Call for more auditor diligence and scepticism


SC chairman Datuk Syed Zaid Albar (pic)said high-quality audits promoted integrity and ensured investor protection while contributing to better corporate governance in public interest entities.

KUALA LUMPUR: The Securities Commission’s (SC) Audit Oversight Board (AOB) has urged auditors to be more diligent and exercise appropriate professional scepticism in conducting audits to improve the financial reporting ecosystem amid the ongoing economic uncertainties due to the Covid-19 pandemic.

SC chairman Datuk Syed Zaid Albar said high-quality audits promoted integrity and ensured investor protection while contributing to better corporate governance in public interest entities.

“Quality financial reporting that adheres to internationally recognised standards promotes trust and confidence in the reliability of audited financial statements in Malaysia,” he added.

According to the AOB’s annual inspection report 2020, it is the responsibility of the directors and audit committee to assess their company’s ability to continue as a going concern when preparing financial statements.

 AOB’s executive director Alex Ooi explained that AOB’s regular inspection programme, which involves active monitoring and engagements with audit firms, helps to identify gaps and rectify weaknesses within audit firms, which in turn promotes high audit quality in Malaysia.AOB’s executive director Alex Ooi explained that AOB’s regular inspection programme, which involves active monitoring and engagements with audit firms, helps to identify gaps and rectify weaknesses within audit firms, which in turn promotes high audit quality in Malaysia.

“This responsibility extends to ensuring disclosure on significant judgements arrived at in order to reach those conclusions,” it added. It noted that auditors are required to then verify and challenge the appropriateness of the going concern assumptions and the adequacy of the related disclosures.

“Due to prolonged uncertainties arising from the pandemic, it is even more important now for auditors to exercise appropriate professional scepticism in conducting their audits,” said the annual inspection report.

The AOB’s annual inspection report 2020 provides insights into the findings from its inspections last year.

It also offers observations on the impact of Covid-19 on the financial results of public listed companies, including disclosures in the annual reports and audited financial statements.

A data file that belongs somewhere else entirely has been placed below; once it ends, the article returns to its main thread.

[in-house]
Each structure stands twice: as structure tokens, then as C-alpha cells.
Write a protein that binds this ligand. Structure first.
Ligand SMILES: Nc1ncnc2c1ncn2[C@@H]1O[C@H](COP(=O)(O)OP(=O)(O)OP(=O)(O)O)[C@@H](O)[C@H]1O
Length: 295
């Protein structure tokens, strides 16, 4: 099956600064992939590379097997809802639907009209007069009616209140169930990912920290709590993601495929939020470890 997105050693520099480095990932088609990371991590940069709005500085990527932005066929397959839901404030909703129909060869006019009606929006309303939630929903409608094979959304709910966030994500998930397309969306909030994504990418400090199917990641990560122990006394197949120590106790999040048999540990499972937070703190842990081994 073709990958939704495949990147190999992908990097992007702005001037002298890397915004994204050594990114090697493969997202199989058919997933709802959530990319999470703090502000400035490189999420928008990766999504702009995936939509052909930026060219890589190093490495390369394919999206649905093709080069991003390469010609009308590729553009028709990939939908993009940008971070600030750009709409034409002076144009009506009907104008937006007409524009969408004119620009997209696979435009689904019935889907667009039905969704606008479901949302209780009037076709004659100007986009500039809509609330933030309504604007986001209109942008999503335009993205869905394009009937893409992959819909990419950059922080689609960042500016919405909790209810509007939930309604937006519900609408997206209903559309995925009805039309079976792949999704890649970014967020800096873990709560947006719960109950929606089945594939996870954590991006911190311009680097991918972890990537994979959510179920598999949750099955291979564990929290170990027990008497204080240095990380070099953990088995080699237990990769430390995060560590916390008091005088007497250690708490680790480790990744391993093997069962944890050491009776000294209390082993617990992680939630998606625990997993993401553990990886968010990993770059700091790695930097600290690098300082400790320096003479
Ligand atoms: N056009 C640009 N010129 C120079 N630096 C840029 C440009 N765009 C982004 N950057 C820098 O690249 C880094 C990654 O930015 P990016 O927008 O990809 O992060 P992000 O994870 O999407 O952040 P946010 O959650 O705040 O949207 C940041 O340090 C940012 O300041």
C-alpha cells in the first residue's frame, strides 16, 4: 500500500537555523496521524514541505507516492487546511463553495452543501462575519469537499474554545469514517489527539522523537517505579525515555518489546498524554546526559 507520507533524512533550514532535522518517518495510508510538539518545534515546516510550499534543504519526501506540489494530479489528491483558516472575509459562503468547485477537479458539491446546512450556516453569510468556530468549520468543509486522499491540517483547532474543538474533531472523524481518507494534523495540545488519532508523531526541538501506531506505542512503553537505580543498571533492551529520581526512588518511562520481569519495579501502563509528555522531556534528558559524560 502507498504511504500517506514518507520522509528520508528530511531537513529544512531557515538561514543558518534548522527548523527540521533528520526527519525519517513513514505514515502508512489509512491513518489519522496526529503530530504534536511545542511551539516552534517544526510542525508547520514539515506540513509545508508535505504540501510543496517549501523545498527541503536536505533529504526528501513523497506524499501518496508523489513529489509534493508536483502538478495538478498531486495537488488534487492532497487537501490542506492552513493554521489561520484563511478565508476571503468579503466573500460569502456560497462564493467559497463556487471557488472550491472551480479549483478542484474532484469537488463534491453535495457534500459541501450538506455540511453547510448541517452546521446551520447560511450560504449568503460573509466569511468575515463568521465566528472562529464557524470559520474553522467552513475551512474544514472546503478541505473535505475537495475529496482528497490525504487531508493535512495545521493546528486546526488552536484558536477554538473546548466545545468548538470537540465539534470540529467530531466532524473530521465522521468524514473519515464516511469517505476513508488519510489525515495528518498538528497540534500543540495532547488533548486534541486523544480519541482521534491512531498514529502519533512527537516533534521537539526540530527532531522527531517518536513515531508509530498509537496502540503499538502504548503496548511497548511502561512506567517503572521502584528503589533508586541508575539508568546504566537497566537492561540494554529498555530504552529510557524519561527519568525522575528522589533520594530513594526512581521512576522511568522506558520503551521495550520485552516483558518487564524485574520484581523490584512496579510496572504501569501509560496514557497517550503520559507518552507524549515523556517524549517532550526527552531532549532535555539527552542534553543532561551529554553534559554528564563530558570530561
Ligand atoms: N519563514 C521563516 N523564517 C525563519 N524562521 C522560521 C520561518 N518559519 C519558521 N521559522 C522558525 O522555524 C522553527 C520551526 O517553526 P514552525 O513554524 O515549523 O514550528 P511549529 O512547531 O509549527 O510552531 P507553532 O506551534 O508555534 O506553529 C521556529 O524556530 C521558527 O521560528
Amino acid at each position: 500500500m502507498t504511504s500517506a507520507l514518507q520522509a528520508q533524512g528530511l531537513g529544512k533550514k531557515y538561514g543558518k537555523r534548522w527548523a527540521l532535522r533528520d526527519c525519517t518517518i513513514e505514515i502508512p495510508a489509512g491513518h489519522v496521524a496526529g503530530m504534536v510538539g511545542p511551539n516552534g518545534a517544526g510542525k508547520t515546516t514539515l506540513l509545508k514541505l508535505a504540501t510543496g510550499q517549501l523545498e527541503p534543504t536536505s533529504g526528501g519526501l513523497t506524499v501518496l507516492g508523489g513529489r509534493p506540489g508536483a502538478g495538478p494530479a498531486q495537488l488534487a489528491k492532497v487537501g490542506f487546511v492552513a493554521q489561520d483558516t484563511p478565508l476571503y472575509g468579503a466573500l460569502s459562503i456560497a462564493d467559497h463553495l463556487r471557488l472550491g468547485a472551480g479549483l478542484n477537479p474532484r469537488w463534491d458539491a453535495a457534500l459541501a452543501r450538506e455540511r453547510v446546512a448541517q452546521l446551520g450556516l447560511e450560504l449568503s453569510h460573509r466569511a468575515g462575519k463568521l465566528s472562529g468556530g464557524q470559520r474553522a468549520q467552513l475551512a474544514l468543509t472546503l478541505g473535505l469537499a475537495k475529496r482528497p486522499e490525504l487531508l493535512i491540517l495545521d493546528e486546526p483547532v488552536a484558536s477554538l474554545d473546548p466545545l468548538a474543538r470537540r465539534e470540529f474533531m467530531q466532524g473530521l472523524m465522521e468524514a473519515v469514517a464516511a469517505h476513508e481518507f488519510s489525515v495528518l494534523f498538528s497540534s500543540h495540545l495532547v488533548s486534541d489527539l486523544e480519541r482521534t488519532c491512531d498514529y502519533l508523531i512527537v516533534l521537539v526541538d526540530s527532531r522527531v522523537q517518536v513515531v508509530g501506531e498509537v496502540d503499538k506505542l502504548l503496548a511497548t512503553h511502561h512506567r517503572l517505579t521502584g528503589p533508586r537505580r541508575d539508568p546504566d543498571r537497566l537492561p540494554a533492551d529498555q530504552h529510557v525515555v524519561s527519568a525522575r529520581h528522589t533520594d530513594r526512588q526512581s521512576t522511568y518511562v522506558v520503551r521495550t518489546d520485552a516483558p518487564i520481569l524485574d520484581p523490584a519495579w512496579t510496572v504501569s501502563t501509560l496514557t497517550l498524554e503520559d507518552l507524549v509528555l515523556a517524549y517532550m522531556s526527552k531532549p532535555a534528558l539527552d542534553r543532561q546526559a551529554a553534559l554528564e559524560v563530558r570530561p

Currently, a total of 38 audit firms and 339 auditors are registered with the AOB.

Meanwhile, AOB’s executive director Alex Ooi explained that AOB’s regular inspection programme, which involves active monitoring and engagements with audit firms, helps to identify gaps and rectify weaknesses within audit firms, which in turn promotes high audit quality in Malaysia.

Last year, the AOB inspection had covered firms which collectively audit 72.6% of the total number of public interest entities (PIEs).

The board saw an increase in the percentage of audit engagements to 88% in 2020 from 44% in 2019.

Besides that, the implementation of the Annual Transparency Reporting this year would require eight AOB-registered audit firms that meet the reporting criteria to share their transparency reports with the Audit Committees of their PIE clients.

“The qualifying audit firms are required to disclose information pertaining to their legal and governance structures, measures to uphold audit quality and manage risks, as well as the measurements of audit quality indicators,” it said.

For next year, the AOB said the qualifying audit firms will also be required to publish their annual transparency report to the public.

Going forward, the board said it would continue to work closely with stakeholders to promote high audit quality in the country to improve the financial reporting ecosystem.

“While audit firms undertake measures to uphold audit quality in these difficult times, directors and audit committees are also reminded of the need for vigilance in managing the expanding range of issues and risks, particularly those relating to complexities in financial reporting caused by Covid-19,” said the AOB.

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